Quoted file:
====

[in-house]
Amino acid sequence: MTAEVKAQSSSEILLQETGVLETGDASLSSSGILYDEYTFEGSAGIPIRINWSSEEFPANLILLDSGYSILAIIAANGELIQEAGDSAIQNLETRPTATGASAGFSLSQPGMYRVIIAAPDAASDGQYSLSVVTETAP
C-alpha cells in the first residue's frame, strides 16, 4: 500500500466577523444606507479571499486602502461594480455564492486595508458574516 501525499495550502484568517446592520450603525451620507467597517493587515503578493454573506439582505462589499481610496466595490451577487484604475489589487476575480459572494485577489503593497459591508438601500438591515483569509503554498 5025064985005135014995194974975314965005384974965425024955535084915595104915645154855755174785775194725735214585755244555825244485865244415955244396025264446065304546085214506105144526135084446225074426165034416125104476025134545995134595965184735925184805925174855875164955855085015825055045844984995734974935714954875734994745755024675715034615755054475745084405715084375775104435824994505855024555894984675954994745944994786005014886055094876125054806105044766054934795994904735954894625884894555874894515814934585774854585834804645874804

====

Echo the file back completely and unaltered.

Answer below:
[in-house]
Amino acid sequence: MTAEVKAQSSSEILLQETGVLETGDASLSSSGILYDEYTFEGSAGIPIRINWSSEEFPANLILLDSGYSILAIIAANGELIQEAGDSAIQNLETRPTATGASAGFSLSQPGMYRVIIAAPDAASDGQYSLSVVTETAP
C-alpha cells in the first residue's frame, strides 16, 4: 500500500466577523444606507479571499486602502461594480455564492486595508458574516 501525499495550502484568517446592520450603525451620507467597517493587515503578493454573506439582505462589499481610496466595490451577487484604475489589487476575480459572494485577489503593497459591508438601500438591515483569509503554498 5025064985005135014995194974975314965005384974965425024955535084915595104915645154855755174785775194725735214585755244555825244485865244415955244396025264446065304546085214506105144526135084446225074426165034416125104476025134545995134595965184735925184805925174855875164955855085015825055045844984995734974935714954875734994745755024675715034615755054475745084405715084375775104435824994505855024555894984675954994745944994786005014886055094876125054806105044766054934795994904735954894625884894555874894515814934585774854585834804645874804